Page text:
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. Last Updated: 07/27/2016

WHAT THE PAPERS SAY

AIDS Awareness


The Independent Analytical Center polled 2,000 residents of Moscow and St. Petersburg to find out what they do and don't know about AIDS:





Where can one catch the disease? Anywhere, respondents concurred. On public transportation, said 17 percent of the men and 10 percent of the women. In the bathroom, in the cafeteria, in conversation or in shaking hands, said another 15 percent of the women and 10 percent of the men.


How should one treat HIV-positive people? Seventy-one percent of the women and 61 percent of the men felt they should be under a doctor's care; 18 percent said they should be treated like healthy people; and 9 percent insisted they should be isolated from the rest of society,


What has caused the spread of AIDS? Women attributed the spread to "looser morals," young people blamed it on the "spread of drug addiction." St. Petersburgers, more often than Muscovites, cited the opening of Russia's borders and the opportunity to associate with foreigners.


How can one protect oneself from getting AIDS? Thirty-eight percent of the women and 34 percent of the men said they used condoms when having sex; 20 percent of the men and 17 percent of the women were convinced that their partner was neither sick nor infected; 33 percent of the men and 39 percent of the women claimed to have only one partner, a faithful one. Meanwhile, 2 percent of the men and 3 percent of the women had decided to take the extreme precaution of abstaining from sex altogether. But these last were older people. The young like variety.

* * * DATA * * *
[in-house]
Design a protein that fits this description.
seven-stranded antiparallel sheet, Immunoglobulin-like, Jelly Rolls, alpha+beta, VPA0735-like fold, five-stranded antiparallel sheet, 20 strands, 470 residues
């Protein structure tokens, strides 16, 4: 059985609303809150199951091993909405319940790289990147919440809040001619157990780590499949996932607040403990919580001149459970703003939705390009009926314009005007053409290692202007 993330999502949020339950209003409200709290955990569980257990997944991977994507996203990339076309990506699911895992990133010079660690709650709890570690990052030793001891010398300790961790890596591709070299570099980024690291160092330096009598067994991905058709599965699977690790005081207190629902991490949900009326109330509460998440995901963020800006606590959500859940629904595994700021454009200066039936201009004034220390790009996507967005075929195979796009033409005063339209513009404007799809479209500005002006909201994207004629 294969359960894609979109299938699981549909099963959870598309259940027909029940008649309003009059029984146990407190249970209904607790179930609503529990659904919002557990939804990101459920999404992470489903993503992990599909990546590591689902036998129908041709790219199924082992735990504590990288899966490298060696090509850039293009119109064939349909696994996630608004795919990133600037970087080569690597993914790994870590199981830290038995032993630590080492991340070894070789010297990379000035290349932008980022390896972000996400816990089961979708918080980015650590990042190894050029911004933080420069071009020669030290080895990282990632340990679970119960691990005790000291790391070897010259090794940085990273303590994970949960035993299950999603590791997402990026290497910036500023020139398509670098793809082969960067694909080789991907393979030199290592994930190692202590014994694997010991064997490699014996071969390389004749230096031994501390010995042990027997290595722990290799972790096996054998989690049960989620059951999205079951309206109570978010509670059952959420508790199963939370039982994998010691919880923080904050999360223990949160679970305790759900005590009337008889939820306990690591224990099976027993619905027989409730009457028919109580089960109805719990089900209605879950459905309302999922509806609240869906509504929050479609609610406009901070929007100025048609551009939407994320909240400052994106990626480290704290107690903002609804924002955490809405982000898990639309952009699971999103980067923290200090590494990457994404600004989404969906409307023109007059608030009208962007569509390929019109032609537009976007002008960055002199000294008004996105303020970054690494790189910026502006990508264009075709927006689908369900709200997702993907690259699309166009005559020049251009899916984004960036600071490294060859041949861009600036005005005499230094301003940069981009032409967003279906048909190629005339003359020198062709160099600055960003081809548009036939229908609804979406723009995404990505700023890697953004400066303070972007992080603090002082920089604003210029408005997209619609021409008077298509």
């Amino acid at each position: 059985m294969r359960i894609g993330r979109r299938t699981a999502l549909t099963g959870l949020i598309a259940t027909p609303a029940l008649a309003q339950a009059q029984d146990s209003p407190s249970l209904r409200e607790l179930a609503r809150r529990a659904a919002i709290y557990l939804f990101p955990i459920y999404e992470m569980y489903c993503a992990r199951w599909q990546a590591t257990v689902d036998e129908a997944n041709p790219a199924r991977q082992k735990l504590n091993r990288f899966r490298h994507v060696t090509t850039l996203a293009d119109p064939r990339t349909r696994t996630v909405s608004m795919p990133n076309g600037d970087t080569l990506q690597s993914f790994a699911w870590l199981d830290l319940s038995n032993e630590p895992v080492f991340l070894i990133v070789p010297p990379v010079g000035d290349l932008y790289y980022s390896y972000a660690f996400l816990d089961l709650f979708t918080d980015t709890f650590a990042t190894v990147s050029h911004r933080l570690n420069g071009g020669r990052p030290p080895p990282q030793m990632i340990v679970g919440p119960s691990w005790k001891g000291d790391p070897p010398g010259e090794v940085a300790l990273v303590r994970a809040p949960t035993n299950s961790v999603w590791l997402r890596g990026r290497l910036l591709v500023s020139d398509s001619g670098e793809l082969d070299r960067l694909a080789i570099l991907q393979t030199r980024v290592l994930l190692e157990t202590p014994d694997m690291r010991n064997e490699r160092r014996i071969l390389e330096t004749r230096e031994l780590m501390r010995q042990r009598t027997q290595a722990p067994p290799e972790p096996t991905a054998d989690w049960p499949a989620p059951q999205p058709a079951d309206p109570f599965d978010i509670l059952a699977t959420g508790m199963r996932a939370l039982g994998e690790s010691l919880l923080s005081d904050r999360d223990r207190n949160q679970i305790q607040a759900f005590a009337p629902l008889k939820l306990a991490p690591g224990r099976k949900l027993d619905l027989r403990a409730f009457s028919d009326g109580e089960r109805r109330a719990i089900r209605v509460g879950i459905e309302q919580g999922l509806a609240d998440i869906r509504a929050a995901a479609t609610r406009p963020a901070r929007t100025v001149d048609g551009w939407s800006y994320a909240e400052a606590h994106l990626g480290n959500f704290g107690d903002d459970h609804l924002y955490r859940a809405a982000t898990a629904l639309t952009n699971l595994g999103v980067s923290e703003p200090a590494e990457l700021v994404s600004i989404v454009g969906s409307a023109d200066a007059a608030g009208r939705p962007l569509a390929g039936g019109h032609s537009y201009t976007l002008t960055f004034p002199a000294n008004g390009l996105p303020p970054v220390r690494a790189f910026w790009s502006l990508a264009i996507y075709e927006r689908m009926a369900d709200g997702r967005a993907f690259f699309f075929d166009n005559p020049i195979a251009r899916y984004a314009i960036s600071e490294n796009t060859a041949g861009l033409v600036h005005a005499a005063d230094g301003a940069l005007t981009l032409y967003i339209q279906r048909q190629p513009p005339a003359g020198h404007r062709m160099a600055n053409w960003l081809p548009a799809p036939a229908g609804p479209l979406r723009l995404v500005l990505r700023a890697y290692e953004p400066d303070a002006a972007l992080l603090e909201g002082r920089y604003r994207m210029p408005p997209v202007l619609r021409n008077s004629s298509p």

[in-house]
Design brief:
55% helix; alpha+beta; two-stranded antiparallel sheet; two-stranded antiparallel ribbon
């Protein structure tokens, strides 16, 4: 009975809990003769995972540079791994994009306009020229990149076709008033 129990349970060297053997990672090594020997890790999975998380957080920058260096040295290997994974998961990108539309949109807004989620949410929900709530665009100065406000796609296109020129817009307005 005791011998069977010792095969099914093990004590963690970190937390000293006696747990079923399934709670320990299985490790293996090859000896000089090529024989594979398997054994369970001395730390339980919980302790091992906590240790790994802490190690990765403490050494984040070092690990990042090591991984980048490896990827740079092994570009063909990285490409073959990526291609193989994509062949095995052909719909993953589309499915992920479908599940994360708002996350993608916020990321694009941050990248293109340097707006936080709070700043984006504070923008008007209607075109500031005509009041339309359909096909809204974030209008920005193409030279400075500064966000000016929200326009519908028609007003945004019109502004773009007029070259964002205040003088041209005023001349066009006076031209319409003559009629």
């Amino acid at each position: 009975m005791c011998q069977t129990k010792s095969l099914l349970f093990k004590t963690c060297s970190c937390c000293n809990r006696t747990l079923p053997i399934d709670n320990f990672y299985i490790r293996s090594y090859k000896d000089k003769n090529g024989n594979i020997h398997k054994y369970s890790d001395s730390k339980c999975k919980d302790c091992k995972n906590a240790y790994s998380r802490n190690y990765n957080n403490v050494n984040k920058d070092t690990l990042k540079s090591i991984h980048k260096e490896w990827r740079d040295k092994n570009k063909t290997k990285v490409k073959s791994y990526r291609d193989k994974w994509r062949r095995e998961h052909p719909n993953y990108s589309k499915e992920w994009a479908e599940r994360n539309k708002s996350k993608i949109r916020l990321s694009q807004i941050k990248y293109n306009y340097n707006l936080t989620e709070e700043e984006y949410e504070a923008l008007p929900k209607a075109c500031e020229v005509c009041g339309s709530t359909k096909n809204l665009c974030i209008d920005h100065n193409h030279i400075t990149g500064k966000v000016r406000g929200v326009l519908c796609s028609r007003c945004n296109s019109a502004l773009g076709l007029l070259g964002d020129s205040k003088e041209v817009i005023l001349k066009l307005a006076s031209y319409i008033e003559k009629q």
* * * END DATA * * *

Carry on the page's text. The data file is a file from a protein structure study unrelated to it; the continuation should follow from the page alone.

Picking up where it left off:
Obshchaya Gazeta, Feb. 1





Premier Honors Poet


The meeting of Prime Minister Viktor Chernomyrdin and Joseph Brodsky in the funeral home at 199 Bleecker Street in lower Manhattan was not a variation on that classic theme, "the poet and the tsar." This meeting was on an entirely different level. And it somehow inspired the hope that we will in the end prevail, that all is not yet lost, that the gulag is not the inevitable form of existence in Russia where they call great poets filthy swine, in itself a swinish way to treat a person. Chernomyrdin's decision to go to Greenwich Village was made on the spur of the moment, almost reflexively. Which is why it is significant and revealing.


As Chernomyrdin was drawing away, he was surrounded by people who, like himself, had come to pay their last respects to the poet. Most of them were emigr?s from the former Soviet Union and Russia. Their faces expressed frank surprise, amazement even. Many asked if the Russian government would allow Brodsky to return home. Chernomyrdin said that only Brodsky's widow could decide where the poet would be buried, but he added that Russia would consider it an honor since -- and here he rephrased Pushkin's famous words -- it is only in Russia that the popular paths to poets' monuments do not become overgrown.


Izvestia, Feb. 3